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As was been reported on November 4, 2008, CMS delayed the program’s implementation due to a protest filed by two vendors (PRG Schultz USA, Inc. and Viant, Inc.) who were not selected as part of the national, permanent RAC program. The Bid Protest Hearing Dates are scheduled for February 9, 2009 and February 11, 2009.


In the meantime, healthcare providers have the opportunity to prepare for RAC’s arrival. We know that the RAC process impacts all aspects of daily operations including but not limited to release of information, remittance advice reconciliation, and account auditing and appeals. CMS suggests that healthcare providers should consider the following:


  • Conducting an internal assessment to ensure that submitted claims meet Medicare rules.
  • Identifying where improper payments have been persistent by reviewing the RACs’ Websites and identifying any patterns of denied claims within their own practice or facility.
  • Implementing procedures to promptly respond to RAC requests for medical records.
  • Keeping track of denied claims and correcting these previous errors.
  • Determining what corrective actions need to be taken to ensure compliance with Medicare’s requirements and to avoid submitting incorrect claims in the future.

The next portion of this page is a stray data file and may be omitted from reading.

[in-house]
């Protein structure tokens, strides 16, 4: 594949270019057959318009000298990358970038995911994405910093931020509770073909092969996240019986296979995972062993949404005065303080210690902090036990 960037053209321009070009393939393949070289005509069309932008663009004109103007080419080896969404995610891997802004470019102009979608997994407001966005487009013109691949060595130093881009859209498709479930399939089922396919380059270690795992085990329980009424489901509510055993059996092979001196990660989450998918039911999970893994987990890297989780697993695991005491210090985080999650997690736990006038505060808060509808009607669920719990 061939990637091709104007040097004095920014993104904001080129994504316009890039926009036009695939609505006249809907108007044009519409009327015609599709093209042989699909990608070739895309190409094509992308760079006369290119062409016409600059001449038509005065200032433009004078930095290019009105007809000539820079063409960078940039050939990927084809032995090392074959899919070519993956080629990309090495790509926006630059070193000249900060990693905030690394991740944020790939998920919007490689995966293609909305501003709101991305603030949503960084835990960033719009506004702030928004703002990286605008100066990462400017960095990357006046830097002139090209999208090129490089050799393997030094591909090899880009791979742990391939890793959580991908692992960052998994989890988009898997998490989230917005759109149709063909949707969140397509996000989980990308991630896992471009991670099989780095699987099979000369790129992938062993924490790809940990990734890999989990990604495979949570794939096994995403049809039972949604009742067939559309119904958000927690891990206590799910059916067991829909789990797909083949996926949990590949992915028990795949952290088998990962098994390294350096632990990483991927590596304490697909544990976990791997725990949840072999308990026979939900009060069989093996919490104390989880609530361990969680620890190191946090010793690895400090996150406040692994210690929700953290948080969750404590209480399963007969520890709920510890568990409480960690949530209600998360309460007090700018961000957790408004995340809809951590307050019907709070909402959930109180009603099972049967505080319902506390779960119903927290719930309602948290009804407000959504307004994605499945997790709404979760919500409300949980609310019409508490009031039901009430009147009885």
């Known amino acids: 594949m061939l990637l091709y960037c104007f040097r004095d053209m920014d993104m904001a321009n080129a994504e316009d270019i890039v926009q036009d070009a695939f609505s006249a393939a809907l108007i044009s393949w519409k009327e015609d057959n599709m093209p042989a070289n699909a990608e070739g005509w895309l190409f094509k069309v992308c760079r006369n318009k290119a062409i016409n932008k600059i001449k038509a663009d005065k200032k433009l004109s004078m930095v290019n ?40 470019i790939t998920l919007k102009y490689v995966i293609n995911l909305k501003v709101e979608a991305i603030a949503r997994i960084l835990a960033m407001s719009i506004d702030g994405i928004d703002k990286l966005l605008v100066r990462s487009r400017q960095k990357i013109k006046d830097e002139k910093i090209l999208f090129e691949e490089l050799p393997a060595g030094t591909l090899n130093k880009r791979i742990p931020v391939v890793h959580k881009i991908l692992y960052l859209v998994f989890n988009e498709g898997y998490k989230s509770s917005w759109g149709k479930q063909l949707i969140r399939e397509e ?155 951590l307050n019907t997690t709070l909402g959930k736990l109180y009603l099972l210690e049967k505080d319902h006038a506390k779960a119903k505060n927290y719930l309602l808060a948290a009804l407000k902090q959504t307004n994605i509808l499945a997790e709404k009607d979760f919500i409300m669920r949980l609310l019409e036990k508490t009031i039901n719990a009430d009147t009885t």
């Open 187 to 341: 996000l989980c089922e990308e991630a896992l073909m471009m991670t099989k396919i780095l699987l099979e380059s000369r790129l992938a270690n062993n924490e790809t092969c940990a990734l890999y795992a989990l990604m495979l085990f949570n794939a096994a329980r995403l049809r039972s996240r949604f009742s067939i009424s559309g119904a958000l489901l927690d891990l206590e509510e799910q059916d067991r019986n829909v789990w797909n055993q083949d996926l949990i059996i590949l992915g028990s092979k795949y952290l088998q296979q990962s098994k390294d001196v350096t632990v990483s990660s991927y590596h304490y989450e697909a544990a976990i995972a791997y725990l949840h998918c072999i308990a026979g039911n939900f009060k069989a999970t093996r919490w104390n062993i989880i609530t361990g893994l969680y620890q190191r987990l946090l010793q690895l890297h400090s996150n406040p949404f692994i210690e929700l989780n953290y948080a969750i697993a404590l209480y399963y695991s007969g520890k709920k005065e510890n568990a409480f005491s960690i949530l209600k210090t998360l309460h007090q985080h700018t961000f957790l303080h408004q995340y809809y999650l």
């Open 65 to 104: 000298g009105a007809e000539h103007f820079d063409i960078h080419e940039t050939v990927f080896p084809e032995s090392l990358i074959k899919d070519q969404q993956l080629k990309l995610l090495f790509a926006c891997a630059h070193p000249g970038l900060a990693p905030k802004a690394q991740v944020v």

• Filing an appeal before the 120-day deadline if the provider disagrees with the RAC determination.


Even though the prep is painful (as it is with most invasive procedures) Hirschl and Associates strongly recommends that providers use this time to deploy the organization, assess and mitigate risk, and develop strategic plans for performance improvements. Demonstration program results can guide us in our strategic RAC readiness plans.


In this first of a series of RAC related articles let’s focus on deploying your organization. Results of the RAC demonstration program indicate that CMS recouped 8 percent ($74.3 million) due to lack of receipt of medical records (entire records and incomplete records).  Lessons learned from the demonstration program indicate that hospitals need to undertake the following:


  • Inform the RAC of your organization’s RAC liaison to ensure that request letters are received and processed in an efficient and timely manner.
  • Assess staffing needs to ensure that medical records are retrievable and that RAC receives all documents within the 45-day turn around time frame. Whether your organization performs release of information internally or outsources the function, ensure that you will be able to handle the maximum RAC record request of no more than 200 records in a 45-day period for both inpatient and outpatient claims combined. Remember that the RAC generates a technical denial (i.e., retraction of entire original DRG payment) when requested medical records are not received within the 45-day timeframe.
  • Track the medical record request process using an AHA compatible RAC tracking database. Hospitals should track dates of requests, shipping information, and receipt of medical records by the RAC. Your organization need not feel the pain of preventable technical denials.


In our next article we will address RAC data mining, risk assessment and mitigation initiatives. For now take the opportunity to get your house in order, ready for RAC’s arrival.


Nancy Hirschl is President and CEO of Hirschl and Associates

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